There is a place where lightning strikes, somewhere close to the home and wherever the heart is. It electrifies you to the wit’s end–a journey that stops at the edge of a synapse–with the heels of reason dug into the soft tissue of your brain. Gray matter, where everything is left uncertain.
Lightning strikes here, in the balance of before and after. And you, swaying in the breeze of old days, wonder what will happen on the eve of new traditions. How will you make them without making the same mistakes? Without having the same mistakes done unto you? You sit on this thought like a cloud, collecting drop after drop of washed up logic, and finally wring the past clean. Let the wrinkles unfold. Hang your mind out to dry.
The clothesline will sling in a half-smile and the sun will warm your winter’s skin. Time has stopped here, just for you. You greet the laundry basket with a nod because it is polite and not because you enjoy tending to dirty things. Untouchable, even. But you do so anyway, out of habit, you suppose. Or because they appear clean. Soon the grime and grease and dirt of old memories is all over your hands and underneath your fingernails where the DNA is hidden. You begin to chomp on the cuticles.
A low grumble shakes in the distance. It sounds like the single note played by the organ player at the funeral. Every time a song had ended, the note carried on, vibrating through the pews, up the soles of the black shoes, reverberating through the rib cages, pushing past every lump caught in the throats, and lifting the heads of those that were bowed. Mysterium fidei.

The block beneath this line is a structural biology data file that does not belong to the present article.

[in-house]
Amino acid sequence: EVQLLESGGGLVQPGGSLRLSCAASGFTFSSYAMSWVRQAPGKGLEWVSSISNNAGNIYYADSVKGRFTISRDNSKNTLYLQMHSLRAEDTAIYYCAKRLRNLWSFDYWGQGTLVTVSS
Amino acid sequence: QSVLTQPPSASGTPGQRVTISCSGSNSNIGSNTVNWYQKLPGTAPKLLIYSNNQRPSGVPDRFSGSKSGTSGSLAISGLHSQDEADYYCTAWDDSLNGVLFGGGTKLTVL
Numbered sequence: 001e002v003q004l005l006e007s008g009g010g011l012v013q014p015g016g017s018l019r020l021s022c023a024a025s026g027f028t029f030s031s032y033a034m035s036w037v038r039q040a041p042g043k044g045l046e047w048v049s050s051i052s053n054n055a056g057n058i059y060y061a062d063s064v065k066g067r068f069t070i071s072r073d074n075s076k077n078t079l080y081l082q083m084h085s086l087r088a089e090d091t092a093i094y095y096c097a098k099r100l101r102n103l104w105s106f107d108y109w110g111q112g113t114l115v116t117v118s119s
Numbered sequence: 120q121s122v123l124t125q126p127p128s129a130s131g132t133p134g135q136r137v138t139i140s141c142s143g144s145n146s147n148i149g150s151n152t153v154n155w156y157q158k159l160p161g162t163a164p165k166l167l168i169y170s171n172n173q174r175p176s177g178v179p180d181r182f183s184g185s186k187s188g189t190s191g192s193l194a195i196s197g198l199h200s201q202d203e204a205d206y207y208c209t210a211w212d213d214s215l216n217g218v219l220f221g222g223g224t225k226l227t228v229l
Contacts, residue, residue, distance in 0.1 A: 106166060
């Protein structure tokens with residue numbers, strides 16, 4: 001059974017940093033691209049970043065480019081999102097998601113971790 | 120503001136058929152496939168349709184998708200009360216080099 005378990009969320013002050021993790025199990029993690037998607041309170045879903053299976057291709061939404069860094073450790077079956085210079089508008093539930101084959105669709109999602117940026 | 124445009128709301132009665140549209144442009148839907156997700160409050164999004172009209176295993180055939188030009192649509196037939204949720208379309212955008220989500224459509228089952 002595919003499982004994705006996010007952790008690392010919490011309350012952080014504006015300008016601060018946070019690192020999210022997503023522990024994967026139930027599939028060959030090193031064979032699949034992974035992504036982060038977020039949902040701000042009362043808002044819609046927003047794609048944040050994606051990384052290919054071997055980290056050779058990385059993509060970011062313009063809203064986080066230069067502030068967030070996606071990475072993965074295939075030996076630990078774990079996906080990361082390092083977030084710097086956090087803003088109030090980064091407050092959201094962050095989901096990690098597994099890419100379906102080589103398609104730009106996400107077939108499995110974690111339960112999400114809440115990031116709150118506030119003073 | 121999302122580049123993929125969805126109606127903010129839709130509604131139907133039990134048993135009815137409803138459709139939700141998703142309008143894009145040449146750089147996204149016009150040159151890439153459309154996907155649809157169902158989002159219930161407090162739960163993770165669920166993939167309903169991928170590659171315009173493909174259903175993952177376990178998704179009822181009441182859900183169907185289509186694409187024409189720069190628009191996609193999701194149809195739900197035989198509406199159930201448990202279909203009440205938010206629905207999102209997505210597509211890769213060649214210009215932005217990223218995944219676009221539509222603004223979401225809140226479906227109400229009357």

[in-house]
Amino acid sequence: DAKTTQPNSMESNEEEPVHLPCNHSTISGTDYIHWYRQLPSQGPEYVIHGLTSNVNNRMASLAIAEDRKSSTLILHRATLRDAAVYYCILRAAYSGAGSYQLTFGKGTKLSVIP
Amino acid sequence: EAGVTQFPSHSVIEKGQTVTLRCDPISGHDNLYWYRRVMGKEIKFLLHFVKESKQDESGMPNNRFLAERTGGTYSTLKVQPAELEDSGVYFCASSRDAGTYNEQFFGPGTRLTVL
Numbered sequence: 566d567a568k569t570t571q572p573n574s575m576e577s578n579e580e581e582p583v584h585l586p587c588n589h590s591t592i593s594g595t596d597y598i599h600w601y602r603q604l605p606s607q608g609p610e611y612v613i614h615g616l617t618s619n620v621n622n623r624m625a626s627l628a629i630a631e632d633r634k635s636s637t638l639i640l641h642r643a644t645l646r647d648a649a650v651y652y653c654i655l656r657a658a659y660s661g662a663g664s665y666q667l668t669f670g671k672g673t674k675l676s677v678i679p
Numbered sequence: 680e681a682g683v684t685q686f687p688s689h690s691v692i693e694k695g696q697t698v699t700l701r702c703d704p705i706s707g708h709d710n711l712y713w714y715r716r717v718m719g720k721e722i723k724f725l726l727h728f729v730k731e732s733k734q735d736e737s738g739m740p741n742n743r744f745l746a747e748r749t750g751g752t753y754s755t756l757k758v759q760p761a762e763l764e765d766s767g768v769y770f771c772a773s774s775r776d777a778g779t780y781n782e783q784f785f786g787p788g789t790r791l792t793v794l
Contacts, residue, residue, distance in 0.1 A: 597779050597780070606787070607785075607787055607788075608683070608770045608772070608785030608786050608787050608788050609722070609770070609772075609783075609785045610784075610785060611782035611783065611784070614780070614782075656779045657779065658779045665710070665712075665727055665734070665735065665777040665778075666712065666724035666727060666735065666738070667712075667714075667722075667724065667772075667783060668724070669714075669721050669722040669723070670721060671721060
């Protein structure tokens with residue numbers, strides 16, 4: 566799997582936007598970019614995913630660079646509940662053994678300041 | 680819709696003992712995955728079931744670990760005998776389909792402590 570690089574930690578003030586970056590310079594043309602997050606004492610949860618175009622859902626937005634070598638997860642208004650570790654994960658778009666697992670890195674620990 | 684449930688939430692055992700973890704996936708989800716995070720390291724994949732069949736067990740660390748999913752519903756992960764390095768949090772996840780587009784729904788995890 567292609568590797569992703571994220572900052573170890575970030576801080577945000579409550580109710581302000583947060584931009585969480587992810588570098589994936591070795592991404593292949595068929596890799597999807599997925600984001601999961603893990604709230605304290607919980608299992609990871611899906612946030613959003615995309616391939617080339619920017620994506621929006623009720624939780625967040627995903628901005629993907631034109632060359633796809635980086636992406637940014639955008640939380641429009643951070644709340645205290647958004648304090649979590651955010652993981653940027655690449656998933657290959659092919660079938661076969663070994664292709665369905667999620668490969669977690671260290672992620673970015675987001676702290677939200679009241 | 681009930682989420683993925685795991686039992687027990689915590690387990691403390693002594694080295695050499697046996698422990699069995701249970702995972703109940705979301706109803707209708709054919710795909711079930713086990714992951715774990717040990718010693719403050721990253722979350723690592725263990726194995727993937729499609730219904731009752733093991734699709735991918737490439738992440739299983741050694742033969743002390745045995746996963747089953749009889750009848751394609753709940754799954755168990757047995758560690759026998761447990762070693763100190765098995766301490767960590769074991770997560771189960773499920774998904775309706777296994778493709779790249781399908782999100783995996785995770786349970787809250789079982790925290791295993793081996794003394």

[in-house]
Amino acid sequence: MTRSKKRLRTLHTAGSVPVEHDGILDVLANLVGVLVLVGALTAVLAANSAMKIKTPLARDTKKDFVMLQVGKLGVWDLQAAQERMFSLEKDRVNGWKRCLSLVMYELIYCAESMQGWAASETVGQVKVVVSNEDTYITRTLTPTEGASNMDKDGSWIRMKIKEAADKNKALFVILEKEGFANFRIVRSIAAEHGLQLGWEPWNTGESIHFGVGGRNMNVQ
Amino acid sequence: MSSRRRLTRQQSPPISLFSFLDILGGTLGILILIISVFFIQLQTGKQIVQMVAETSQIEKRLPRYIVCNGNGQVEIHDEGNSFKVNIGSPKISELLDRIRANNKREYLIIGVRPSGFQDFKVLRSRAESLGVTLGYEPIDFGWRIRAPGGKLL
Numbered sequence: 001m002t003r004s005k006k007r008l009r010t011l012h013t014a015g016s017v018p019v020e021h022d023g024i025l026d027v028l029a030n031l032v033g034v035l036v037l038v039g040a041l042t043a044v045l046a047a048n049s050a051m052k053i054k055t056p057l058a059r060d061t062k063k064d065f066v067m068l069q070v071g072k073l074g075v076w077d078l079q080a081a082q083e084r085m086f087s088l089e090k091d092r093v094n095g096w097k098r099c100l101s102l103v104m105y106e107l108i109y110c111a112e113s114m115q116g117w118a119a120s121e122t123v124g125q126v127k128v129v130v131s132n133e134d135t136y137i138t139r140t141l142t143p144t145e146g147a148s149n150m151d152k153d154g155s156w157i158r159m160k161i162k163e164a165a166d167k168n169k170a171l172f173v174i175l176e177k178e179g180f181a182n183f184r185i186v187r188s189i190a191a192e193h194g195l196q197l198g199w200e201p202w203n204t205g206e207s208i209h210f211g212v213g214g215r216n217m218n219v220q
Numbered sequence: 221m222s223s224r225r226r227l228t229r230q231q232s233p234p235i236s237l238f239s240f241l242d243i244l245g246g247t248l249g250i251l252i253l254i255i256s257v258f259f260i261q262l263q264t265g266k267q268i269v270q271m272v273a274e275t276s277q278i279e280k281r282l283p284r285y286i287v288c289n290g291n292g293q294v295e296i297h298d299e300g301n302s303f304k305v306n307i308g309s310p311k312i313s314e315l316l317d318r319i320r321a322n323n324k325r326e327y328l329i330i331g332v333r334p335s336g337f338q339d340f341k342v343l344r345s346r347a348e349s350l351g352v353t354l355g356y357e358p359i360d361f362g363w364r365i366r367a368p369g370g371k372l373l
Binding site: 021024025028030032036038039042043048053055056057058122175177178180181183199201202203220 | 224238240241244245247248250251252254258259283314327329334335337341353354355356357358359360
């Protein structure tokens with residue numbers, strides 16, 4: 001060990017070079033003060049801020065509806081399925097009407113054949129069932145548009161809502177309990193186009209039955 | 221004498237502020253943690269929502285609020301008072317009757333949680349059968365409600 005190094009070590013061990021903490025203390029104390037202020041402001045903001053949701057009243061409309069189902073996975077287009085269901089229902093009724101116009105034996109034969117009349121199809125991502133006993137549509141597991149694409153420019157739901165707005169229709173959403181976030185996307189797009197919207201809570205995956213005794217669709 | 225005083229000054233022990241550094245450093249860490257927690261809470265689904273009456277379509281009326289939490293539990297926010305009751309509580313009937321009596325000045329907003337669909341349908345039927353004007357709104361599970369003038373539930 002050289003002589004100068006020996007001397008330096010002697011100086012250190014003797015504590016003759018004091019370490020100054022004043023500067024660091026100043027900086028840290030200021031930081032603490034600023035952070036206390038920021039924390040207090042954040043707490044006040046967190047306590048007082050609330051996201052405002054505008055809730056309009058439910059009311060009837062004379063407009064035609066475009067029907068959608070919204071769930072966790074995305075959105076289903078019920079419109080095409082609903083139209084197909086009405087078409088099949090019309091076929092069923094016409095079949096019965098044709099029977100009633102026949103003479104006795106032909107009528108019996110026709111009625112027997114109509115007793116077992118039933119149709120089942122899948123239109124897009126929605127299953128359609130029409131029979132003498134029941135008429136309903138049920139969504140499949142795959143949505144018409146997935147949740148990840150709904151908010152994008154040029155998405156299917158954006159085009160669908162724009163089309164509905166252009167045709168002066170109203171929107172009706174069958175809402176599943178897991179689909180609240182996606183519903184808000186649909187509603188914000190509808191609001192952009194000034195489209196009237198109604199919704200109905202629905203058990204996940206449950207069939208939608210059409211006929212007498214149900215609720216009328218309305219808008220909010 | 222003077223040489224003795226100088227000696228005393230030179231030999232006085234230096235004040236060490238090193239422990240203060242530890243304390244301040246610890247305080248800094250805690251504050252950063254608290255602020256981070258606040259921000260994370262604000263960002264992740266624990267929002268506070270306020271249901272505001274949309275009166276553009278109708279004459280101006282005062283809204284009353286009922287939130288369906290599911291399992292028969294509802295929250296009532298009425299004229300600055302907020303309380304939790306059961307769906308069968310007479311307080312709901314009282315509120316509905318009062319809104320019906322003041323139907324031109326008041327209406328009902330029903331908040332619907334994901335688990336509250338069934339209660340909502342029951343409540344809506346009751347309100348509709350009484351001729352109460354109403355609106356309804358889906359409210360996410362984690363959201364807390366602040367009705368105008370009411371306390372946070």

The mystery of faith was approaching, or had already arrived. It was hard to tell through teary eyes and a snotted nose. There is a place where lightning strikes, I recall, and will it to be here for you. On bended knee, I pray for rain. The woman across the aisle shakes her head. Not yet! Not yet! she screams in a whisper, and shoos you back to the clothesline where the fabric is already wet. Your heart, drenched in the shame of untold stories.
They shatter like lightning, cracking the foundation of the narrative–the common clothespin that holds us up, and together. This is a place where things fracture and fall a part, sprinkling the ground like seeds of a sunflower. A whole handful can be chewed and swallowed, shells and all. Tastes like salt-flavored hurt and rests, along with other things of this nature, in the pit of your stomach. Just ask the alphabet soup–its fragmented letters sitting quietly in the dark–unaware that they share the same space. Just a flash would do, that’s all it would take.
When lightning strikes here, courage shows up. Words begin to bubble over and choke out, as if you are breathing for the first time. Your eyes well at the regret of not learning how to do this sooner. At the disappointment of nobody showing you how. The first sound you make is a struggle–awkward and unruly–and courage is declaring it into the microphone. The reception is loud and clear. I can tell by the sobs and sighs that we are all listening, perhaps also for the first time. The tissues in my hand are crumpled and contaminated with the unsettling anguish of time without tell. I cannot measure any of this.
But you clear your throat and speak again. Courage has given you the conviction. You speak off-script with gratitude and praise, etching a new love into the air with grace. You pause at the surprise of its ability to bond beyond all repairs, as if you are believing for the first time. Your eyes well at the fresh perspective of storytelling. At the risk of showing everybody how.
Soon the words begin to roll off your tongue like thunder, clapping each syllable into being as the sentences linger into the depths of all the souls. I begin to count in my seat. One Mississippi, two Mississippi…How close am I to that place where lightning strikes?